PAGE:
Economics Roundtable

May 2014 Payroll Employment

After 76 months, we finally got back to the prerecession level of payroll employment.

Click on the image to get a bigger version.


The best summary of the state of our economy is the graph (below) of employment as a fraction of population for people over 16 years old. The decrease is large, but the most troubling feature of the graph is the flat trend .

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Graph-of-the-Year Candidates

Donald Marron likes European interest rates. Click on the image to get a bigger version. Can you find three distinct subperiods?

Brad DeLong favors the U.S. gdp gap.

Remember M1?

Money Supply M1 growth is now over 20% per year over a 12 month lag. M1 growth has touched 20% before, but not with excess reserves of $1.6 trillion. Where is M1 headed?

Click on the chart for a larger version.


The Economics Roundtable is sponsored by EconModel.

The Classic Economic Models cover micro, macro, and financial markets.

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"Research-based policy analysis and commentary from Europe’s leading economists”

November 22, 2014, 8:44 pm, 1376370

The appropriate level of public sector wages is debated frequently in every country, and the debate has intensified in the wake of the Global Crisis. This column presents evidence that regional wage differentials in Japan are greater in the private sector than in the public sector. In regions where public ...

November 21, 2014, 8:44 pm, 1376062

Patented pharmaceuticals diffuse across international borders slowly, and sometimes not at all. This column analyses the effect of patent protection and price regulation on the speed of and extent to which drugs enter new markets. There is a fundamental tradeoff between affordability – taking the form of low patent protection ...

November 21, 2014, 2:44 pm, 1375885

Global hyperconnectivity and increased system integration have led to vast benefits in terms of income, education, innovation and technology. Yet globalisation has also created serious concerns about how local events can so easily cascade over national borders to become crises that affect everyone. This Vox Talk discusses the widening gap ...

November 21, 2014, 6:44 am, 1375575

The ECB estimated that Eurozone banks would face a capital shortfall of €25 billion in a severe crisis. Earlier work by the authors estimated the shortfall to be 30 times higher. This column argues that this striking divergence can be explained by the ECB’s reliance on static risk-weights.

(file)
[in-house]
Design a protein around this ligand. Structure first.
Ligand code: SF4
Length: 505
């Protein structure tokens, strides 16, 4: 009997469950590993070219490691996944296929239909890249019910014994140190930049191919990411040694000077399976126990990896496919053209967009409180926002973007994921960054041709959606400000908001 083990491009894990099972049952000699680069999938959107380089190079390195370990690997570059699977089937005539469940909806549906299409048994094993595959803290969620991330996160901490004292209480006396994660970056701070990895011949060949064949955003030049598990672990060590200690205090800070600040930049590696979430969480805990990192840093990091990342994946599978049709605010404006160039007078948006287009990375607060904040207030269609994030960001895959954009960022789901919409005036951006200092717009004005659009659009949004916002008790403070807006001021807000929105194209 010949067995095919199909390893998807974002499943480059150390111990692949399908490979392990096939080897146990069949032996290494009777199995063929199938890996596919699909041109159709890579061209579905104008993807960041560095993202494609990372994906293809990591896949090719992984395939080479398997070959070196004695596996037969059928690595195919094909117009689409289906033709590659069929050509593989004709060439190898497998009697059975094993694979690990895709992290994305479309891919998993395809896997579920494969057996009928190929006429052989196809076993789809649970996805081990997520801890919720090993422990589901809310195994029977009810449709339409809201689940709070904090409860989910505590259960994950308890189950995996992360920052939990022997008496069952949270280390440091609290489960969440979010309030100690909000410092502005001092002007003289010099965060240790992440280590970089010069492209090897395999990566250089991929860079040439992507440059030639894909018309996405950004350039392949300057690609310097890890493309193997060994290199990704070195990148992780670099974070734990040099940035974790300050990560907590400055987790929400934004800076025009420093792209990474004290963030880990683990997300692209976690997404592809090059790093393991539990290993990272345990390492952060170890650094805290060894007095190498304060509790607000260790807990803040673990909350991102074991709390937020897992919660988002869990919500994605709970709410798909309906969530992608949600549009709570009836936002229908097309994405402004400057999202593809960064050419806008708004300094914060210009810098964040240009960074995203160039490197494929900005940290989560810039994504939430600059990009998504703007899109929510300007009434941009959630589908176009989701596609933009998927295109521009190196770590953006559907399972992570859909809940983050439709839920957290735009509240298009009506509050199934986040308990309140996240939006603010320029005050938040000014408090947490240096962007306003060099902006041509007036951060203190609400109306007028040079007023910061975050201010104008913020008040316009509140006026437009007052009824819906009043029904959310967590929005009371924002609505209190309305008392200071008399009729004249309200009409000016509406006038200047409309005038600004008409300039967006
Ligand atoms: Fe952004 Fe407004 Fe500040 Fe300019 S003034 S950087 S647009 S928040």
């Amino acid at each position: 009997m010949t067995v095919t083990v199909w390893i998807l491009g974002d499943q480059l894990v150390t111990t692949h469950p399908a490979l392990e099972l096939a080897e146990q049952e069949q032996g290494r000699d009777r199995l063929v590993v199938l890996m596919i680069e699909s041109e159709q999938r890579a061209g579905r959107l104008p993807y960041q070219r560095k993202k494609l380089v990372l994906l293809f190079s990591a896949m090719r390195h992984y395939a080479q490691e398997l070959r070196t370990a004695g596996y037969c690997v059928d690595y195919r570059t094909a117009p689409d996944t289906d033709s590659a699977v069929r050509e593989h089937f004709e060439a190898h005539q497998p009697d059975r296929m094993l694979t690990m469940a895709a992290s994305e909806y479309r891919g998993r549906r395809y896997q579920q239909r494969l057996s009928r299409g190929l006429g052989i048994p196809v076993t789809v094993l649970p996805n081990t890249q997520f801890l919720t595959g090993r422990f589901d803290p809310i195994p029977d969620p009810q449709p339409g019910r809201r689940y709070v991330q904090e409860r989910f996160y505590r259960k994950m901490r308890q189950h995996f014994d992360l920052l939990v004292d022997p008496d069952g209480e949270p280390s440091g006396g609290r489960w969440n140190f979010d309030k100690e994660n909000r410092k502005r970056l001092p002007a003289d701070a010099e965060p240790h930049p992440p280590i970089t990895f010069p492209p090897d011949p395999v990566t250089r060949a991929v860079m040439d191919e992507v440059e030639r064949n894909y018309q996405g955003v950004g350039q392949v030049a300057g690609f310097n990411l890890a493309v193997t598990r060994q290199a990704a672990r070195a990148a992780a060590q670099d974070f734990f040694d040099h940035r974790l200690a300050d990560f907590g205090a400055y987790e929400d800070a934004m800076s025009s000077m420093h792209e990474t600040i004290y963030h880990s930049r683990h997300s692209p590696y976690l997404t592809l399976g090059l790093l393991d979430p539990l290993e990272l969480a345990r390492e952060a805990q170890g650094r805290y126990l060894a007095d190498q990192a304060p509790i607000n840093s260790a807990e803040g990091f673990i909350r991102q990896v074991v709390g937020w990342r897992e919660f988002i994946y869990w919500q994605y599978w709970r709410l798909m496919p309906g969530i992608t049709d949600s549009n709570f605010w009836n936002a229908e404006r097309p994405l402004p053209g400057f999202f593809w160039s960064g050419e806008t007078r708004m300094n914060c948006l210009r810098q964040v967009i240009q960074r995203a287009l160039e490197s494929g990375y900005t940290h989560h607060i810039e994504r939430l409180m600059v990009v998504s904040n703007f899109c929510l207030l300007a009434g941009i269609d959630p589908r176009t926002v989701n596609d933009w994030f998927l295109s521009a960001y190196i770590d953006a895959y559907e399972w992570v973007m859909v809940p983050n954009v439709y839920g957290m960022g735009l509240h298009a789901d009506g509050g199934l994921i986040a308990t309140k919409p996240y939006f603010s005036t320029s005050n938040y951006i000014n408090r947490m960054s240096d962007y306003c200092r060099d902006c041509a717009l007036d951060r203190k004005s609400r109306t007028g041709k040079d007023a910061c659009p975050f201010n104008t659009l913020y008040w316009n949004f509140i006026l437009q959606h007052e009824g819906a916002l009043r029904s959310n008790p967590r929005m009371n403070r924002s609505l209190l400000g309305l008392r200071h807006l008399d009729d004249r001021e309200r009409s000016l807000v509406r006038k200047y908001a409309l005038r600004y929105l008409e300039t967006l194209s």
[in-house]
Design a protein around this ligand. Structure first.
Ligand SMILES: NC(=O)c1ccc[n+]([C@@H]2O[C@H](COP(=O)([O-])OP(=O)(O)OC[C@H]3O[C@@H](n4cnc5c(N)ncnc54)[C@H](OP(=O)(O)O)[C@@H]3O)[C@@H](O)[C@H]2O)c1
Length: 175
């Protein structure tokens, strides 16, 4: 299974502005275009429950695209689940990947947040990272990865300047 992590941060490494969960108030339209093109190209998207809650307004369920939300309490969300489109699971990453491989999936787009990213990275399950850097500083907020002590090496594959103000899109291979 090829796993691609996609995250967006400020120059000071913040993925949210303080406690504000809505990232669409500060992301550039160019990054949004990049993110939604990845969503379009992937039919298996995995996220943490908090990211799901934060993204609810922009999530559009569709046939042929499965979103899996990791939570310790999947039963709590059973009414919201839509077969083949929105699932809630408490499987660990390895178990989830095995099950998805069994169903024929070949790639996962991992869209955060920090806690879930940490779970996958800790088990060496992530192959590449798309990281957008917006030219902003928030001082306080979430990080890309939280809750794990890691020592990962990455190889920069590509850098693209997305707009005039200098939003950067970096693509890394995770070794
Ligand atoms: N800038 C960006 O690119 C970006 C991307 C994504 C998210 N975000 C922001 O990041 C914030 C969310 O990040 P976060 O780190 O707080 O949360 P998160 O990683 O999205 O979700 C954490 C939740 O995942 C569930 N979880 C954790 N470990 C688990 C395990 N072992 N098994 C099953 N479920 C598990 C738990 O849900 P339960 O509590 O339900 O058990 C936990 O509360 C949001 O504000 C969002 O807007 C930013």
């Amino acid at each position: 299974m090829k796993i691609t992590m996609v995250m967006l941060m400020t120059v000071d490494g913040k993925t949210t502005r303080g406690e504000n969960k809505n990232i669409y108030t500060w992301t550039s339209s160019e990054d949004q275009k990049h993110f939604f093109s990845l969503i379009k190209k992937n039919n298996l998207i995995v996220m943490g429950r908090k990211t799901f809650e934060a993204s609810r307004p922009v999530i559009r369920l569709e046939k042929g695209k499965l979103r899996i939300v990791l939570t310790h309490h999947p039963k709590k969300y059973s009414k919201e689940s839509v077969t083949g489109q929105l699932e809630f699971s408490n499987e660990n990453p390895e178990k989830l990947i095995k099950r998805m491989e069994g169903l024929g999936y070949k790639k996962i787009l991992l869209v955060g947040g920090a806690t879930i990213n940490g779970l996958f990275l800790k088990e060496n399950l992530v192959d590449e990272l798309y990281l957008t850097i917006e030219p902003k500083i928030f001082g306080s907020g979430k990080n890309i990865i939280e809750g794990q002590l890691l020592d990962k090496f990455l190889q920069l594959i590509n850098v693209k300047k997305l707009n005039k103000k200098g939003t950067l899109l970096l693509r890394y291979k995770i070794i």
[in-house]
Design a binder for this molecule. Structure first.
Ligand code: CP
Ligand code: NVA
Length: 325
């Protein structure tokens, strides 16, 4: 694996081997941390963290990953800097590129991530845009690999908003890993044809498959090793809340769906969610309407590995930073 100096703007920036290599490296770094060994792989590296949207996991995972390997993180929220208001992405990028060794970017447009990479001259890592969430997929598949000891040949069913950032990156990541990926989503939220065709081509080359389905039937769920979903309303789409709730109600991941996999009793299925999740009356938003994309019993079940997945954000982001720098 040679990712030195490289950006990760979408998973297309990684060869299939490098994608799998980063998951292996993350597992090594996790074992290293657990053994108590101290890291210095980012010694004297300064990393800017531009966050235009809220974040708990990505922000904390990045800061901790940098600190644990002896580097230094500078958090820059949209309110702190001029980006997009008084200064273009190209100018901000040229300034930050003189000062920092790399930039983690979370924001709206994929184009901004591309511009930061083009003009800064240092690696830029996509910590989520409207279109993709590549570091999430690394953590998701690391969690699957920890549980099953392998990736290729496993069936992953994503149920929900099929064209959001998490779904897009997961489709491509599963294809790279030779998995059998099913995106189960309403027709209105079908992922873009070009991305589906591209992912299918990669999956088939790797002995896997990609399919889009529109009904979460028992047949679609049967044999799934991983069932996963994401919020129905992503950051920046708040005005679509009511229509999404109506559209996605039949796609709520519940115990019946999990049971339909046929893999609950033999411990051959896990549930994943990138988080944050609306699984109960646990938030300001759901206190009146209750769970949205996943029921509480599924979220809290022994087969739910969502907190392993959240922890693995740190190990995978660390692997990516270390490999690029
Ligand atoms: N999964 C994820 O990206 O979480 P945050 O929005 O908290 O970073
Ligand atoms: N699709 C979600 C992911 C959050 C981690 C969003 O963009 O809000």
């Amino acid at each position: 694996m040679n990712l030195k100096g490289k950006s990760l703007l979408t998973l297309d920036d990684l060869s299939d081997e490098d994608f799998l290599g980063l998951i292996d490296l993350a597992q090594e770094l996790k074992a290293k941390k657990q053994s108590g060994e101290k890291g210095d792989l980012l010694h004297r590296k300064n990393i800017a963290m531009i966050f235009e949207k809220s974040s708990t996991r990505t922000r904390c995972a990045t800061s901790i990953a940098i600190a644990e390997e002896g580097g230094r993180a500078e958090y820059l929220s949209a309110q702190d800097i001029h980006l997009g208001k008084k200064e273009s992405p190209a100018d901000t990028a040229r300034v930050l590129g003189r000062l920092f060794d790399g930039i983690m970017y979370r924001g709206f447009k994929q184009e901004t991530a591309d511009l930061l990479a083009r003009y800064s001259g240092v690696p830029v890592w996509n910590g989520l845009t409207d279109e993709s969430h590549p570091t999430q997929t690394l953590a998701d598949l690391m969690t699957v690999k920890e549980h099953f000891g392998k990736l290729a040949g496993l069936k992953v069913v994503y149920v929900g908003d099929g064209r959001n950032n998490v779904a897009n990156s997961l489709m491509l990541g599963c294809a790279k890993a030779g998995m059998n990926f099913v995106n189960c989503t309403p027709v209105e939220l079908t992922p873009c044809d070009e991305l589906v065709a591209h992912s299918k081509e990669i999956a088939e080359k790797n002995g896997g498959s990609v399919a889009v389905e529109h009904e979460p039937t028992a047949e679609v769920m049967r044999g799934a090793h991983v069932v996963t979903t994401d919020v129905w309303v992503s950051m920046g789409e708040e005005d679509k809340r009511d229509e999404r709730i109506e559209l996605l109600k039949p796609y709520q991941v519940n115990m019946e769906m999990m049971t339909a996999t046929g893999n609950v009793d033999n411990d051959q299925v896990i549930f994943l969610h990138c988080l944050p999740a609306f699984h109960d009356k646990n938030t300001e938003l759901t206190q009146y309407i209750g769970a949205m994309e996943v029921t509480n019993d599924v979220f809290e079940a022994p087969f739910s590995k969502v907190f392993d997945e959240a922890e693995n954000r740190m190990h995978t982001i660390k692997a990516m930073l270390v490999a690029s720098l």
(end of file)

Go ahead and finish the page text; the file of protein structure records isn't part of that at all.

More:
November 21, 2014, 4:44 am, 1375507

Would the economic benefits of devolving full income tax powers to the Scottish Parliament and Welsh Assembly outweigh the costs? Not according to an overwhelming majority of respondents to the monthly survey of the Centre for Macroeconomics (CFM), summarised in this column. A smaller majority of CFM experts do not ...

November 20, 2014, 10:44 pm, 1375380

One frequently used argument in favour of secession is that there are economic benefits from independence. However, whether or not this is the case remains largely unexplored. This column addresses this question by examining the economic implications of secession in the case of the former Yugoslavia. The authors find that ...

November 20, 2014, 10:44 pm, 1375379

The conventional thinking about foreign direct investment is that it may create jobs but also take away market opportunities from domestic firms. This column suggests another spillover to consider. If foreign firms require higher quality inputs, domestic firms who share suppliers with foreign firms gain access to better local inputs. ...

November 19, 2014, 10:44 pm, 1374660

Admission to higher education often depends on the results of high-stakes tests, but assessing the consequences of having a ‘bad day’ on such tests is challenging. This column provides evidence from a dataset on Israeli high-school students. Random variations in pollution have measurable effects on exam performance, and these in ...

November 19, 2014, 10:44 pm, 1374659

A common view in international finance is that currency trades make money because high-interest-rate currencies tend to appreciate. This column argues that this view is flawed, suggesting that currency risk premia may be much simpler than previously thought. The carry trade has little to do with the appreciation of the ...

November 18, 2014, 8:44 pm, 1373826

Concerns about inequality are at the forefront of many policy debates. While inequality has increased in many countries over the past few decades, in others it has decreased. This column uses data from 117 countries over the past four decades to investigate the importance of such changes in inequality, as ...